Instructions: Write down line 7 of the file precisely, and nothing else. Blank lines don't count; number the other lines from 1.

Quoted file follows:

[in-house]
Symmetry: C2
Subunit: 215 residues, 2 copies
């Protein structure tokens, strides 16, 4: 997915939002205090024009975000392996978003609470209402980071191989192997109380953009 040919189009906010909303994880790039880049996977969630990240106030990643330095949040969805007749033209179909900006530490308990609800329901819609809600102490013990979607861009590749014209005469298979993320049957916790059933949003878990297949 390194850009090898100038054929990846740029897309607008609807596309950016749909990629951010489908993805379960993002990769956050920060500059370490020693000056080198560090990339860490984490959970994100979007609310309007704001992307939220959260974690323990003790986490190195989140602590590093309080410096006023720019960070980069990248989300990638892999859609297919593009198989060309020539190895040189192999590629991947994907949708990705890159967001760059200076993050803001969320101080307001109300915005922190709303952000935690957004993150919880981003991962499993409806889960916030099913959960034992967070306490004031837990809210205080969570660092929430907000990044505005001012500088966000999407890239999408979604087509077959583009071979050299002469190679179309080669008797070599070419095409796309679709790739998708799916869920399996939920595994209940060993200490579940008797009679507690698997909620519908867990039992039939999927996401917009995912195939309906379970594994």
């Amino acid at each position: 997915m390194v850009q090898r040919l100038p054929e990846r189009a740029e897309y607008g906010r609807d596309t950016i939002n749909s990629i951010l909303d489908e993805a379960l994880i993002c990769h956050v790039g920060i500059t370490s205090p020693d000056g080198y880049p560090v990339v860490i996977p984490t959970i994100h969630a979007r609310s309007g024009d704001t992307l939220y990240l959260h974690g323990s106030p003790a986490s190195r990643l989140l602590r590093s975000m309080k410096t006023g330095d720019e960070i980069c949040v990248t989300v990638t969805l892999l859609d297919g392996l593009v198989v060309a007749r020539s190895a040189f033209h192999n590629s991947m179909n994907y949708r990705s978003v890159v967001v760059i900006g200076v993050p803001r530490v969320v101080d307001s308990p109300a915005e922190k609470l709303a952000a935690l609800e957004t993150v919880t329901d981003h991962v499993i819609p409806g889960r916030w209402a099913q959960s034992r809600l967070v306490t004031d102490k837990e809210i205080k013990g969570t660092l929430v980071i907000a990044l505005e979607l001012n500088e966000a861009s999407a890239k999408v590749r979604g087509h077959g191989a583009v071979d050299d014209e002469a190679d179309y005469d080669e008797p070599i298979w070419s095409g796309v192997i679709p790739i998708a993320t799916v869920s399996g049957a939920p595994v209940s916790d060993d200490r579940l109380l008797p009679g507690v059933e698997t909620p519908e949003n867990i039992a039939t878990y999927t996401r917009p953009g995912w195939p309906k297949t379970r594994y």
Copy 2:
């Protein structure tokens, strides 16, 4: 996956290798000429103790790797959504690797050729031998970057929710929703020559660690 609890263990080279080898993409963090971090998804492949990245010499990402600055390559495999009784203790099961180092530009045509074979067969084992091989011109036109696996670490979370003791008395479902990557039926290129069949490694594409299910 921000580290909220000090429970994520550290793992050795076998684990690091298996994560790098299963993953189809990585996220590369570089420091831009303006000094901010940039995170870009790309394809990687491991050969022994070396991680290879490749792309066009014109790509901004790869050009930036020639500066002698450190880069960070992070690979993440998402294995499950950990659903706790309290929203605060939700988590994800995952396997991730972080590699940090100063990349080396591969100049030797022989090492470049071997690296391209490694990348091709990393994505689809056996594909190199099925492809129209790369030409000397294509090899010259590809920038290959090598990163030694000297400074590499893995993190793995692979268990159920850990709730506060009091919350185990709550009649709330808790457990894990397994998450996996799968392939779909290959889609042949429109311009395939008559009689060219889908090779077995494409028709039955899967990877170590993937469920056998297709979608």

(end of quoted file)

């Protein structure tokens, strides 16, 4: 996956290798000429103790790797959504690797050729031998970057929710929703020559660690 609890263990080279080898993409963090971090998804492949990245010499990402600055390559495999009784203790099961180092530009045509074979067969084992091989011109036109696996670490979370003791008395479902990557039926290129069949490694594409299910 921000580290909220000090429970994520550290793992050795076998684990690091298996994560790098299963993953189809990585996220590369570089420091831009303006000094901010940039995170870009790309394809990687491991050969022994070396991680290879490749792309066009014109790509901004790869050009930036020639500066002698450190880069960070992070690979993440998402294995499950950990659903706790309290929203605060939700988590994800995952396997991730972080590699940090100063990349080396591969100049030797022989090492470049071997690296391209490694990348091709990393994505689809056996594909190199099925492809129209790369030409000397294509090899010259590809920038290959090598990163030694000297400074590499893995993190793995692979268990159920850990709730506060009091919350185990709550009649709330808790457990894990397994998450996996799968392939779909290959889609042949429109311009395939008559009689060219889908090779077995494409028709039955899967990877170590993937469920056998297709979608």